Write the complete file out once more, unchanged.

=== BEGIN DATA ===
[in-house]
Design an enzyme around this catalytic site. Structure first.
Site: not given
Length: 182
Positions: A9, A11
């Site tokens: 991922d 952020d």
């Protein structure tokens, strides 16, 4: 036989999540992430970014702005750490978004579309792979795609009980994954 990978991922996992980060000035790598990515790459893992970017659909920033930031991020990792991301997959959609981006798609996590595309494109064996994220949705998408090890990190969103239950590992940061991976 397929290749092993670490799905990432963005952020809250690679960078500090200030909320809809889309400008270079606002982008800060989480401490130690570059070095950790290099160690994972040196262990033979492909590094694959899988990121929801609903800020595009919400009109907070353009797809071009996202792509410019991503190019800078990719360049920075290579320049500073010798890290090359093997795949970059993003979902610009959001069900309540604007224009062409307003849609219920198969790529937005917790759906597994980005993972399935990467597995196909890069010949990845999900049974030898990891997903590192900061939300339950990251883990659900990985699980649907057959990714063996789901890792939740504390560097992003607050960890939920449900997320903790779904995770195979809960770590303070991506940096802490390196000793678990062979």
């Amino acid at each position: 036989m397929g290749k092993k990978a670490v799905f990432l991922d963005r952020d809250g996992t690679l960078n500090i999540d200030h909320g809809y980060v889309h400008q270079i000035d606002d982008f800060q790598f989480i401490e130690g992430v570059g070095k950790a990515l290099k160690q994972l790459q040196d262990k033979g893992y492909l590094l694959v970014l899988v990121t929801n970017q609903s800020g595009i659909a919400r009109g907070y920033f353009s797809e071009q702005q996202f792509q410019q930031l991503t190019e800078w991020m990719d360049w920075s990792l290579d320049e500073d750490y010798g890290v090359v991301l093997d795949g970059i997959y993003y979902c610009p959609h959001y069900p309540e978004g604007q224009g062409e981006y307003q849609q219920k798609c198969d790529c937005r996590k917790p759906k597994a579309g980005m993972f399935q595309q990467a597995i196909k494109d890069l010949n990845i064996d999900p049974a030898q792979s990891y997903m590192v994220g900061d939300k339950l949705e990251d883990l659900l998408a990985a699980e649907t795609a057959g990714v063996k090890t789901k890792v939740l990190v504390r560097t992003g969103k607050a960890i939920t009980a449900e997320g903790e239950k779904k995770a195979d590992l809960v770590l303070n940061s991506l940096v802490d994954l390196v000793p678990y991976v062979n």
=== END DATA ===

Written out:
[in-house]
Design an enzyme around this catalytic site. Structure first.
Site: not given
Length: 182
Positions: A9, A11
């Site tokens: 991922d 952020d």
């Protein structure tokens, strides 16, 4: 036989999540992430970014702005750490978004579309792979795609009980994954 990978991922996992980060000035790598990515790459893992970017659909920033930031991020990792991301997959959609981006798609996590595309494109064996994220949705998408090890990190969103239950590992940061991976 397929290749092993670490799905990432963005952020809250690679960078500090200030909320809809889309400008270079606002982008800060989480401490130690570059070095950790290099160690994972040196262990033979492909590094694959899988990121929801609903800020595009919400009109907070353009797809071009996202792509410019991503190019800078990719360049920075290579320049500073010798890290090359093997795949970059993003979902610009959001069900309540604007224009062409307003849609219920198969790529937005917790759906597994980005993972399935990467597995196909890069010949990845999900049974030898990891997903590192900061939300339950990251883990659900990985699980649907057959990714063996789901890792939740504390560097992003607050960890939920449900997320903790779904995770195979809960770590303070991506940096802490390196000793678990062979």
């Amino acid at each position: 036989m397929g290749k092993k990978a670490v799905f990432l991922d963005r952020d809250g996992t690679l960078n500090i999540d200030h909320g809809y980060v889309h400008q270079i000035d606002d982008f800060q790598f989480i401490e130690g992430v570059g070095k950790a990515l290099k160690q994972l790459q040196d262990k033979g893992y492909l590094l694959v970014l899988v990121t929801n970017q609903s800020g595009i659909a919400r009109g907070y920033f353009s797809e071009q702005q996202f792509q410019q930031l991503t190019e800078w991020m990719d360049w920075s990792l290579d320049e500073d750490y010798g890290v090359v991301l093997d795949g970059i997959y993003y979902c610009p959609h959001y069900p309540e978004g604007q224009g062409e981006y307003q849609q219920k798609c198969d790529c937005r996590k917790p759906k597994a579309g980005m993972f399935q595309q990467a597995i196909k494109d890069l010949n990845i064996d999900p049974a030898q792979s990891y997903m590192v994220g900061d939300k339950l949705e990251d883990l659900l998408a990985a699980e649907t795609a057959g990714v063996k090890t789901k890792v939740l990190v504390r560097t992003g969103k607050a960890i939920t009980a449900e997320g903790e239950k779904k995770a195979d590992l809960v770590l303070n940061s991506l940096v802490d994954l390196v000793p678990y991976v062979n």